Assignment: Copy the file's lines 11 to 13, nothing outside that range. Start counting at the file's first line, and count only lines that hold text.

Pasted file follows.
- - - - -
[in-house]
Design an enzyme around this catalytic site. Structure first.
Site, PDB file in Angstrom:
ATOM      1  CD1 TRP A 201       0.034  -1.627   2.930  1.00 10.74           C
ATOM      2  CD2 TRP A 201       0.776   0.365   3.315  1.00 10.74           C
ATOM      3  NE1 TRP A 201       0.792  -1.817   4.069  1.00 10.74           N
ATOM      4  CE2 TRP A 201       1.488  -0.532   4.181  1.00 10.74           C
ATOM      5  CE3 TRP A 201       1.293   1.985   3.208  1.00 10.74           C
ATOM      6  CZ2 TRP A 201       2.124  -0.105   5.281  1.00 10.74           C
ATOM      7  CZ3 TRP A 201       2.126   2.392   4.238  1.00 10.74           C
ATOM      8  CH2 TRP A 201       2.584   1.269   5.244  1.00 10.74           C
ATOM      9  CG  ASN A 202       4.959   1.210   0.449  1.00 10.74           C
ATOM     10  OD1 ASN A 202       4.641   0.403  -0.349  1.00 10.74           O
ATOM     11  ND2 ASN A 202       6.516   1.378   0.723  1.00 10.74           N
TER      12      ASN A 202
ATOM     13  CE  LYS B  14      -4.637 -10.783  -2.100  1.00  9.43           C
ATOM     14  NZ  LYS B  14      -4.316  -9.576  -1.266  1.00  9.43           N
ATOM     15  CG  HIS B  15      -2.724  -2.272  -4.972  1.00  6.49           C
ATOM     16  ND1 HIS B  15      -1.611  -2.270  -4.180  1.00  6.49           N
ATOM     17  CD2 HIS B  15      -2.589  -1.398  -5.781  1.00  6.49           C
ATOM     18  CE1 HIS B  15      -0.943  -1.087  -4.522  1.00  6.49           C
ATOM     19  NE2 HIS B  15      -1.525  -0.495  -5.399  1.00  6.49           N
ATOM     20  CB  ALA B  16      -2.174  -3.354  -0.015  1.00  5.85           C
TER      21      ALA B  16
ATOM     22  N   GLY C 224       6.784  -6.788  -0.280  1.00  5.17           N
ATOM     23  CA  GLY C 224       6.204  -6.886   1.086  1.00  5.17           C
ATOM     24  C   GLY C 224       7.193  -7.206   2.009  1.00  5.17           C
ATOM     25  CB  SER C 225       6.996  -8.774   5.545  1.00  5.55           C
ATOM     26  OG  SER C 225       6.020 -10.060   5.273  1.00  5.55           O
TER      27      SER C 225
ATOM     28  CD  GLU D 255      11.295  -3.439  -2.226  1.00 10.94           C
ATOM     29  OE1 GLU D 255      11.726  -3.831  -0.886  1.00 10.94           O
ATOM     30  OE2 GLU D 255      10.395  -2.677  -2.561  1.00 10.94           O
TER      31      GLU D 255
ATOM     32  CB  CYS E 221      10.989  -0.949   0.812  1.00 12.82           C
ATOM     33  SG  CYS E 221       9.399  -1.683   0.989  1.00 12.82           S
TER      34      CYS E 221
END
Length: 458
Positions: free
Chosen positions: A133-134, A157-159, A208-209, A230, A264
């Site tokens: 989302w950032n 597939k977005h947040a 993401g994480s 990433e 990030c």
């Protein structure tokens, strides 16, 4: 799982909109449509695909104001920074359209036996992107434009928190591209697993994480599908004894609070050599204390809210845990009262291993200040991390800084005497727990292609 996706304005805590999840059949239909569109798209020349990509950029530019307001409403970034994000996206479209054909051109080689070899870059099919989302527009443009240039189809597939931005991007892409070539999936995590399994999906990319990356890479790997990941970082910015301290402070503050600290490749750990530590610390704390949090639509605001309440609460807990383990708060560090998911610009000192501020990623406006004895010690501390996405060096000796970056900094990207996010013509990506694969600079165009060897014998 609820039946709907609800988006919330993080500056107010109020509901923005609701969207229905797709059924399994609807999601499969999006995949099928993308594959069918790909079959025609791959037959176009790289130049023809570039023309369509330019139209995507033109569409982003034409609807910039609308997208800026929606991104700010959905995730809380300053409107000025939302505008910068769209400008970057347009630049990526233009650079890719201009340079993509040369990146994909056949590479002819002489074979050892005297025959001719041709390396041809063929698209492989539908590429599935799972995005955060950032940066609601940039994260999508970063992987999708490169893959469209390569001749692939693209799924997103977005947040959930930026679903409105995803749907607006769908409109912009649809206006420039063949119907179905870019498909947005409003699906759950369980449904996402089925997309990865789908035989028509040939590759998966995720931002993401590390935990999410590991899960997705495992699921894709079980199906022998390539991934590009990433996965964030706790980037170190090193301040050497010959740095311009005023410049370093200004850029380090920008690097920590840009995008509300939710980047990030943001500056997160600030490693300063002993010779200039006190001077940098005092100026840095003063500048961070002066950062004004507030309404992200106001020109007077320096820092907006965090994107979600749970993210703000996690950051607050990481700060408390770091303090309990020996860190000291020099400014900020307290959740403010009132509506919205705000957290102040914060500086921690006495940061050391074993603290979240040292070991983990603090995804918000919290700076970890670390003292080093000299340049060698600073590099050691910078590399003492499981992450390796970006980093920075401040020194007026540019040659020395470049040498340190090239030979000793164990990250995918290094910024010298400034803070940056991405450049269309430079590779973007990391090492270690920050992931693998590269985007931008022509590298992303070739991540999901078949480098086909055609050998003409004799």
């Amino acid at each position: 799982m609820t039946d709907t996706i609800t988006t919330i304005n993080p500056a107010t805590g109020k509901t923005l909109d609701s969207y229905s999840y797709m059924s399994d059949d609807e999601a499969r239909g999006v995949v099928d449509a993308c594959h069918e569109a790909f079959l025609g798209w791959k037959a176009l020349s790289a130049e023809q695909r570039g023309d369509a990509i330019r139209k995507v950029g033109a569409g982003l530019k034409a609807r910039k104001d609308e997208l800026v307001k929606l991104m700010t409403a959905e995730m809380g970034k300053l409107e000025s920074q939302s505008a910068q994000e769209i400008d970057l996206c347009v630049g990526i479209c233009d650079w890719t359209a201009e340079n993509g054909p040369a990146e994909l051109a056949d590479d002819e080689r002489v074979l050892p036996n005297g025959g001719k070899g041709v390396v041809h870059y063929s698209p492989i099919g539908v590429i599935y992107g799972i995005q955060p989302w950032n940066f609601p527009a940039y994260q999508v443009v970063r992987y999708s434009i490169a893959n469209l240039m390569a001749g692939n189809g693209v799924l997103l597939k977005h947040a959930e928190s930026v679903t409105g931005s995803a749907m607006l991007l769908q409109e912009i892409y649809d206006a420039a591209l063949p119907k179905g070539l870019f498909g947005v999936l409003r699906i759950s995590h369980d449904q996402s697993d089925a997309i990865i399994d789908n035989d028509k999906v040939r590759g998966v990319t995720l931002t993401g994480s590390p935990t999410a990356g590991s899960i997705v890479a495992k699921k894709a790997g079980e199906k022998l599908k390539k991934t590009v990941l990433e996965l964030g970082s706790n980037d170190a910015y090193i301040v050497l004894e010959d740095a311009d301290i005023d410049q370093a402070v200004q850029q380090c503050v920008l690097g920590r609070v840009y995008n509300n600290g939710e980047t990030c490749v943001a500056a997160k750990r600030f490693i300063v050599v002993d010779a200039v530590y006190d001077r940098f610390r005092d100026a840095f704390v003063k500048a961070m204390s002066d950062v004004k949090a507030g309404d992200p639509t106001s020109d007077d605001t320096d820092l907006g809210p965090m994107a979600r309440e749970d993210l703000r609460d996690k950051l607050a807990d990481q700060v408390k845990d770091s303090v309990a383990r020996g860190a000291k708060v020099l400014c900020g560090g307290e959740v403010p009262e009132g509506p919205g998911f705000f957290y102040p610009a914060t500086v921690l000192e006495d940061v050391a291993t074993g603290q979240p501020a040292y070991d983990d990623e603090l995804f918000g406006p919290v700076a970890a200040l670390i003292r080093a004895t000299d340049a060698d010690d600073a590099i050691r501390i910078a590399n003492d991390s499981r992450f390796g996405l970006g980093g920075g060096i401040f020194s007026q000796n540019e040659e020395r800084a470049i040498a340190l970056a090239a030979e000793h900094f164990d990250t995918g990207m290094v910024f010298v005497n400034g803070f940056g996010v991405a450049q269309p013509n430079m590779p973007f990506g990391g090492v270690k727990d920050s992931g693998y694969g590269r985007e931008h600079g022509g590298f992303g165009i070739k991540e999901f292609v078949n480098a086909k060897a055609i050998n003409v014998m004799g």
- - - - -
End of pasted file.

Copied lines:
ATOM      8  CH2 TRP A 201       2.584   1.269   5.244  1.00 10.74           C
ATOM      9  CG  ASN A 202       4.959   1.210   0.449  1.00 10.74           C
ATOM     10  OD1 ASN A 202       4.641   0.403  -0.349  1.00 10.74           O